The snow is now causing problems inside homes.
Calls for leaking roofs and damaged walls have been on the rise at many local insurance offices.
“It’s a headache that we don’t know when it’s going to end,” said Windsor Locks resident Fred Shaw when describing this winter.
The ceiling of his dining room has stains on it after water leaked through the roof. There is also water damage behind the walls. Shaw has been trying to keep up with the snow, clearing what he can above his house.
“It’s like everything I had done outside was not enough,” he said.
Most policies cover this kind of damage. But since many people carry a $1,000 deductible on their homeowner’s policy, filing a claim may not always be practical. Insurance experts advise that the best way to know if it’s worth filing a claim is to have someone look at the damage.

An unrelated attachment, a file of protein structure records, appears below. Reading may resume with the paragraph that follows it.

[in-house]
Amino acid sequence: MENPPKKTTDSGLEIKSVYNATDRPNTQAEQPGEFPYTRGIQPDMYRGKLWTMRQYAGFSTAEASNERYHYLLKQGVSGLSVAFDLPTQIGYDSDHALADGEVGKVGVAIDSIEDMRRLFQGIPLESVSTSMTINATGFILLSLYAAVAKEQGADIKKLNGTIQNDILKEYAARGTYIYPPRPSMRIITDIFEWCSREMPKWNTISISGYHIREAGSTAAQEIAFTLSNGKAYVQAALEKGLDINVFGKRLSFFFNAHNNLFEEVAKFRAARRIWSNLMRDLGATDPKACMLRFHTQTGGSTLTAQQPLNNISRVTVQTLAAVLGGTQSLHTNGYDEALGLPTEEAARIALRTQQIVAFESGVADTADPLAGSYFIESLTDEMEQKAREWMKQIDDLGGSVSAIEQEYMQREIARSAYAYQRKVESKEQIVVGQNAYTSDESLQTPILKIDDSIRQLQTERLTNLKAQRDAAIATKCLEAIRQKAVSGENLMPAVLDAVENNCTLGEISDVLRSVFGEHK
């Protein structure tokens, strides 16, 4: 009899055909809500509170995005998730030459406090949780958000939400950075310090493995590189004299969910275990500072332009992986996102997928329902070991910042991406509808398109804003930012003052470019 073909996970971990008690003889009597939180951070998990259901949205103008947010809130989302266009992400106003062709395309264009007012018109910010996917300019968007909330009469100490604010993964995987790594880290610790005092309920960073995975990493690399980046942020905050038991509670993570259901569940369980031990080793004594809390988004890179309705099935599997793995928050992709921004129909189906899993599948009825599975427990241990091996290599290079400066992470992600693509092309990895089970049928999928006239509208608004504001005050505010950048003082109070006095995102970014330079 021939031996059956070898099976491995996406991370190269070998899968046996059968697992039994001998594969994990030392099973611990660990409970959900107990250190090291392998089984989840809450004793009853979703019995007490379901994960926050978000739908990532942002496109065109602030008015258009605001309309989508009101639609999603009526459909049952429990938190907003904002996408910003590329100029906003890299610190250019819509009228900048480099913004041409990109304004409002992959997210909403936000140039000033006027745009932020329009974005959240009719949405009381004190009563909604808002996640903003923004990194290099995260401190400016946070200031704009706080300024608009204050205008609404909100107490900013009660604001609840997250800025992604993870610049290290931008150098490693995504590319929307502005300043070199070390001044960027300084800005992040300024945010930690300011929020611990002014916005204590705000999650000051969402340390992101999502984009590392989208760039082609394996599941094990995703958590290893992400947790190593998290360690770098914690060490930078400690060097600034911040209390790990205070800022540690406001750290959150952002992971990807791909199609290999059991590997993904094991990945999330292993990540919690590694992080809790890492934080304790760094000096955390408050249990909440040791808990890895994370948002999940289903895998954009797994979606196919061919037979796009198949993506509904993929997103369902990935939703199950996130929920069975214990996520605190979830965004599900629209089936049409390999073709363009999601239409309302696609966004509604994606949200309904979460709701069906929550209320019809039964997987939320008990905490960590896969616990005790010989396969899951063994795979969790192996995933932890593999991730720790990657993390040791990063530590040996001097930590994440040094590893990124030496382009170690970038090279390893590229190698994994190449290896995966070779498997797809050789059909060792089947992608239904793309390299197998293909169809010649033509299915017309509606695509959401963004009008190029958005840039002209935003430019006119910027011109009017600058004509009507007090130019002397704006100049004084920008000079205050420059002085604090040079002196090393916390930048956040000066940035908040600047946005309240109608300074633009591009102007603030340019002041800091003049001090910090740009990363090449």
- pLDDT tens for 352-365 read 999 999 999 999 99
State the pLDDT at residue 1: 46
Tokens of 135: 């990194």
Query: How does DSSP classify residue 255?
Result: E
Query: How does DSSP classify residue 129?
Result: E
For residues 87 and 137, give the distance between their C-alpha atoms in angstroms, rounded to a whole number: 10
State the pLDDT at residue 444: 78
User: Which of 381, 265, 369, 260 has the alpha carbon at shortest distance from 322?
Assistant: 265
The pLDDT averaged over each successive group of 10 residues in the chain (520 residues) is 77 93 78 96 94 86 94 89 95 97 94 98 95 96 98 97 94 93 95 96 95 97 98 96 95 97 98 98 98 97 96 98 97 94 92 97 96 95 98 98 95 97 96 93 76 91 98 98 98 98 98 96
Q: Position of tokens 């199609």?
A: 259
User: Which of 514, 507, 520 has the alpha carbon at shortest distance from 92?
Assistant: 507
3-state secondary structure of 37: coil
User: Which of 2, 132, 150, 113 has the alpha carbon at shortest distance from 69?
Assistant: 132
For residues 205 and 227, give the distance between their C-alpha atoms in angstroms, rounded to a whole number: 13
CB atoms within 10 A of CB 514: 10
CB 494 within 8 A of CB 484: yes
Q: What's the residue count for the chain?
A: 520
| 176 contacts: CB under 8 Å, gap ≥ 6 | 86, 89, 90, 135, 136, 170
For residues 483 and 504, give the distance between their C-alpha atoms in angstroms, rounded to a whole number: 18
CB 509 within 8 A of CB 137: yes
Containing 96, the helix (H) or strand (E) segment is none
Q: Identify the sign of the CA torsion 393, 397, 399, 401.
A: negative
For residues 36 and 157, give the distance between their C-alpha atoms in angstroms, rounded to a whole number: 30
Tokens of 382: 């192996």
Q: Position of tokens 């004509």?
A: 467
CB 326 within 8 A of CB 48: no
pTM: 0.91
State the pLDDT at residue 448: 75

It’s not only the water coming in from above, but there’s also a concern about water coming in underneath your home. With warming temperatures on the horizon, there are concerns about flooding.
Flooding is not covered under a standard homeowners policy. So the next option is to buy flood insurance. But according to experts, flood insurance has a limited scope and applies depending on how and where the snow melts.
There are also exceptions in flood insurance coverage, especially when it comes to covering what's in your basement. Items like furnaces and hot water heaters are covered, but if you have a finished basement chances are the furniture and other housewares will not be covered.
Experts recommend that you call your insurer to find out what your policy covers.